In Liminal Space Part 3

Written by Nina Camara

In Liminal Space is a series of interviews focusing on the liminality of the mixed race experience and the ways people deal with its challenges. The series highlights stories of people who left environments which did not reflect their story in the hope of creating a new beginning ‘between the known and the unknown’.

In our third story, we talk to Angela who was born in Russia and moved to London as a young child. The decision to leave was made by her mother who felt that this was a place where her mixed race daughters would have a better life and more opportunities. Despite the challenges they faced, she and her family found a way of embracing their new home whilst preserving their cultural heritage.

 

Life Back Home

Describe the place where you grew up. What was it like in terms of cultural and ethnic make-up?

I was born in St Petersburg, Russia in the late 80s where there weren’t a lot of black or mixed people. My mother is Russian and my dad is Ghanaian. My family moved to London when I was five so I don’t have many memories of actually growing up in Russia. However, speaking to my mum she said that we lived a comfortable life. There were occurrences when she got horrible things said to her about me, herself or my dad. However, most people didn’t cause us any trouble which was surprising as it was the‘80s.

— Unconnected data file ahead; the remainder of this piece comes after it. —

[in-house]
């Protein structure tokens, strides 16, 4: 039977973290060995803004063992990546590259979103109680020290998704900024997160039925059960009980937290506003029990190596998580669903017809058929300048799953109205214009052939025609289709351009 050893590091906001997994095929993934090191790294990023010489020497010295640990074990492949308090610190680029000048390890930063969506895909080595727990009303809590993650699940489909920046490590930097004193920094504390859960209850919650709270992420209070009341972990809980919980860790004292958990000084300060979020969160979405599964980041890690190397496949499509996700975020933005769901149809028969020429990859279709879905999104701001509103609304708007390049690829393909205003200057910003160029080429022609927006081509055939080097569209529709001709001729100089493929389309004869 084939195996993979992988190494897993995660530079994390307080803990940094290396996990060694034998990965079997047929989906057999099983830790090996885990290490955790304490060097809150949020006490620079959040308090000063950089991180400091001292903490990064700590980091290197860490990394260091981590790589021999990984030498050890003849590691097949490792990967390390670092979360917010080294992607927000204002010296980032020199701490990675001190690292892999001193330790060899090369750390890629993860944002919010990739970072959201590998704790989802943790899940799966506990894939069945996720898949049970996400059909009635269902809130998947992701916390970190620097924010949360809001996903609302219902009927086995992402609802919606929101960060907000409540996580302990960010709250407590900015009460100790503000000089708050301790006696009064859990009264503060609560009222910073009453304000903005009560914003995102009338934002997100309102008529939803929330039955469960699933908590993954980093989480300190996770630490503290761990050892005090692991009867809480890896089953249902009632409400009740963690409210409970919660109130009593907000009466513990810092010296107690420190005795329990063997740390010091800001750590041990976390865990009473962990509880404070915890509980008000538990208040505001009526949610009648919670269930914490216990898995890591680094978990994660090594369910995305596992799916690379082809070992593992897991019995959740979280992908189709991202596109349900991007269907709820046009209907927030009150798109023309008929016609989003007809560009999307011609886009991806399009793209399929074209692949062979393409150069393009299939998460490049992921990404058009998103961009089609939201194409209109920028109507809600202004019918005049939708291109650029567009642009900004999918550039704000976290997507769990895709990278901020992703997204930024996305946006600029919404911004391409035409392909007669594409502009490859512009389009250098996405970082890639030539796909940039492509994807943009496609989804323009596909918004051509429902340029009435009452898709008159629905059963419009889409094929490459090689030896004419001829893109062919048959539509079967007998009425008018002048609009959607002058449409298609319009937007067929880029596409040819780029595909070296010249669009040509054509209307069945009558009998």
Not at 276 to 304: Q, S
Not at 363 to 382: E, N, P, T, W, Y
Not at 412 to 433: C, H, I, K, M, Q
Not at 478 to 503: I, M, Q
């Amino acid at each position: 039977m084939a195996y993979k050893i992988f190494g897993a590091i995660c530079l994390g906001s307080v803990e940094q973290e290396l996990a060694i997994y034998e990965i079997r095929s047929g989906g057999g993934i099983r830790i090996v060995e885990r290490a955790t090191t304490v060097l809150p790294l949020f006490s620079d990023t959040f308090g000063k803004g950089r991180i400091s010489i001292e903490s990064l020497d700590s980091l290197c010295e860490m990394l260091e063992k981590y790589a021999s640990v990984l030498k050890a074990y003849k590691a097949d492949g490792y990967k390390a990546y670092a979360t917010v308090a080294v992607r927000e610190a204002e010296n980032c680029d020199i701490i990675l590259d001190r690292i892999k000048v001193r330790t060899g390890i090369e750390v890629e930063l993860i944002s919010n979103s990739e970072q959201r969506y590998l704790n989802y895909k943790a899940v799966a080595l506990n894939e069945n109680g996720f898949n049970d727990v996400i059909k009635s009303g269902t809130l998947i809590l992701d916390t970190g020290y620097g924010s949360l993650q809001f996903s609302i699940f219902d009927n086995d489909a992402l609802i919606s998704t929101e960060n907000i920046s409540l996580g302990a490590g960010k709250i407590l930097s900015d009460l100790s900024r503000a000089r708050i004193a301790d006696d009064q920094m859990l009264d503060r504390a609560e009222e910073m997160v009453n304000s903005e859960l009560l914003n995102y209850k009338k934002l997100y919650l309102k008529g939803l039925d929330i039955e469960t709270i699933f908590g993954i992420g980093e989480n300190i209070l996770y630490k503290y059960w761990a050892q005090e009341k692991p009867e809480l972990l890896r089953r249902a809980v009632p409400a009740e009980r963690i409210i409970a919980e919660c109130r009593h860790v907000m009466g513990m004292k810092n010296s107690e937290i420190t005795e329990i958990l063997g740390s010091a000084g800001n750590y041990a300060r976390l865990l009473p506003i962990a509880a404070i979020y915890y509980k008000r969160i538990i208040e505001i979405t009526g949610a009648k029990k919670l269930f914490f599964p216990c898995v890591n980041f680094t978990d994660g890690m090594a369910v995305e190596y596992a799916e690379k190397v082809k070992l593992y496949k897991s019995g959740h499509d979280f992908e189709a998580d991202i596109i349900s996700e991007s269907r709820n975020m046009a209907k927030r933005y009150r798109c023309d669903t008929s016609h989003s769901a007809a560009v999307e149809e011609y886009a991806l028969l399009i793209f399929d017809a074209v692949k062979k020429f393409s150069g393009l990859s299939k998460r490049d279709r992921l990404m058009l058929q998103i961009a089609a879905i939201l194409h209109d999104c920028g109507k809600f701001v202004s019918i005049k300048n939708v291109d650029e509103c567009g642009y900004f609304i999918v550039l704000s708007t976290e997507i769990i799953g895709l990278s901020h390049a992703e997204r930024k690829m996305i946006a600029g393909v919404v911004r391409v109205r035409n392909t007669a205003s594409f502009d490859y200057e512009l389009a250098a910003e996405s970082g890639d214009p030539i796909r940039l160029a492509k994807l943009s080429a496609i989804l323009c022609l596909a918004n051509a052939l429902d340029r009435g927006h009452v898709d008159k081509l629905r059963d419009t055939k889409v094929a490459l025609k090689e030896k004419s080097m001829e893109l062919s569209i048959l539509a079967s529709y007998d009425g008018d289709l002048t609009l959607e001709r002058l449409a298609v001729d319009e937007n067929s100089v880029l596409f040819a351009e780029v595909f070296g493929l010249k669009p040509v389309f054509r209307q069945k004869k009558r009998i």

What are your memories of growing up in this community?

My mother said she felt that she couldn’t trust many people. As there weren’t many mixed children at the time, and because of the occasional racist remarks, she mostly felt like she didn’t have much help at hand and as a result of this became more protective. My mother mentioned that she and my dad had known a lot of people from different backgrounds and it was easy to come across people of colour in St Petersburg at the time. It was mostly because a lot of students at the time were from different countries.